After the United States government implicated North Korea in the cyber-attack on Sony Pictures, the rogue nation responded by denying the allegations and telling the U.S. to provide evidence on the Sony hack. Now, NY Times reports that anonymous U.S. and foreign officials and computers experts who were briefed on the situation, along with a recently disclosed NSA document, said that the U.S. National Security Agency had initiated their hacking efforts against North Korea’s internet and computers in November of 2010, years before the attack on Sony.
“The trail that led American officials to blame North Korea for the destructive cyberattack on Sony Pictures Entertainment in November winds back to 2010.”
Those behind the attack on Sony, a group which calls itself Guardians of Peace (or #GOP), attempted to threaten Sony into not releasing The Interview, a film which stars James Franco and Seth Rogen, allegedly due to their affiliation with North Korea, as the movie portrays the assassination of North Korea’s Supreme leader, Kim Jong-un.
The NSA, with the aid of allies — which included South Korea, hacked into North Korean computers and networks, installing malware used to monitor the rogue nation’s activities.
Malware used to monitor and control remote computers are known commonly as Trojans, a type of computer virus which goes by many names including remote administration tool (RAT), client/server virus, and Trojan horse virus. Advanced remote administration tools allow for network monitoring, eavesdropping through connected media components such as cameras and microphones, and more. While this type of virus does have numerous practical and perfectly legal applications, such as within schools as a remote administration tool used to monitor the computer activities of students, they have the potential to be used in a nefarious capacity.
James Comey, the director of the FBI, indicated in a speech which Inquisitr reported on previously, that he had no doubt North Korea was behind the attack. Comey offered what was, at the time, new evidence implicating Pyongyang in the cyber-attack on Sony Corporation.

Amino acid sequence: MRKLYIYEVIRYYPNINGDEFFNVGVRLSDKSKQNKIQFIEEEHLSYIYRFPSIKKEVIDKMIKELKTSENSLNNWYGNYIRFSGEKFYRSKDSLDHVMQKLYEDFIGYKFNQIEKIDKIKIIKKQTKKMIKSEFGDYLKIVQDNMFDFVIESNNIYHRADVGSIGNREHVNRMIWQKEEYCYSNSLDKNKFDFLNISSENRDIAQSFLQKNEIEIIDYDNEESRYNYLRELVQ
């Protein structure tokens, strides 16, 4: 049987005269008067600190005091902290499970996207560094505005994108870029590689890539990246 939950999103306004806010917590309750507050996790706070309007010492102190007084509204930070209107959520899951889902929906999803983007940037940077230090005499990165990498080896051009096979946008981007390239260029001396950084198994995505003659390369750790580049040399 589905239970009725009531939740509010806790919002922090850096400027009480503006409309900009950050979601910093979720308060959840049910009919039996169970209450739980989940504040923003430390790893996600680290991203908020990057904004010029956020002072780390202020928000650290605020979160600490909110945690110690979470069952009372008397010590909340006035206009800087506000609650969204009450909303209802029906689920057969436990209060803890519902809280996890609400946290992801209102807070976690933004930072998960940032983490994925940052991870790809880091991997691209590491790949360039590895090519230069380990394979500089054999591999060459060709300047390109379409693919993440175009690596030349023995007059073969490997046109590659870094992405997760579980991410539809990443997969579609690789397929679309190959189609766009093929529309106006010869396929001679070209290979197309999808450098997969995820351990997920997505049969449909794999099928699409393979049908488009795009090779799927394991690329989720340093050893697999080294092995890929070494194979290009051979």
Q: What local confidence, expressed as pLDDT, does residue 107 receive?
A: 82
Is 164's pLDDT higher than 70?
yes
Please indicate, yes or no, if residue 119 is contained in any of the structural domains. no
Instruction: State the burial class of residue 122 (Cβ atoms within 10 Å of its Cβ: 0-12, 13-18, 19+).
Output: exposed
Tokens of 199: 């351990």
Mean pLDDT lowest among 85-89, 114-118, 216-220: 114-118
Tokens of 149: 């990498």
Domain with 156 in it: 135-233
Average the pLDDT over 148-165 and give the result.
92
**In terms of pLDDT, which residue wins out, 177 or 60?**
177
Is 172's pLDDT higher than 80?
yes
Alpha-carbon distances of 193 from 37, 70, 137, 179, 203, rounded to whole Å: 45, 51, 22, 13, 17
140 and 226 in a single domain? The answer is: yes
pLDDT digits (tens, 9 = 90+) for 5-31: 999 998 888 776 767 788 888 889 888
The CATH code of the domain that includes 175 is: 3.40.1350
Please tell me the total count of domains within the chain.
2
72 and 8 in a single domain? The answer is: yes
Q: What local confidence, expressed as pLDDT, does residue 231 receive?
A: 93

South Korea’s military has indicated that the North’s hacking program consists of roughly 6,000 people, most of whom are under the command of the country’s primary intelligence service, the Reconnaissance General Bureau, and secretive hacking unit, Bureau 121, the NY Times reported.
The sophisticated cyber-attack launched successfully on Sony’s systems incorporated a spear-phishing attack in which booby-trapped e-mails were sent to Sony employees. Investigators determined that a Sony systems administrator’s account had been stolen and used to roam freely through Sony’s systems. Once in, the hackers spent roughly two months, from mid-September to mid-October, mapping the company’s computer systems.
An FBI statement released in December, 2014, indicated that the U.S. government and its collaborators in the investigation had sufficient evidence to implicate Pyongyang leadership in the attack, Fox News reported.
“As a result of our investigation, and in close collaboration with other U.S. Government departments and agencies, the FBI now has enough information to conclude that the North Korean government is responsible for these actions.”
North Korea, who built their first computer in 1965, has adamantly denied their involvement in Sony’s hacking.
The United States has levied sanctions against the country of over 24 million in retaliation for the cyber-attack against Sony Pictures Entertainment.
What do you think of the United States levying sanctions against North Korea for allegedly hacking Sony after the U.S. Central Intelligence Service hacked the North Korean nation’s computers and networks?
[Image via Wikipedia]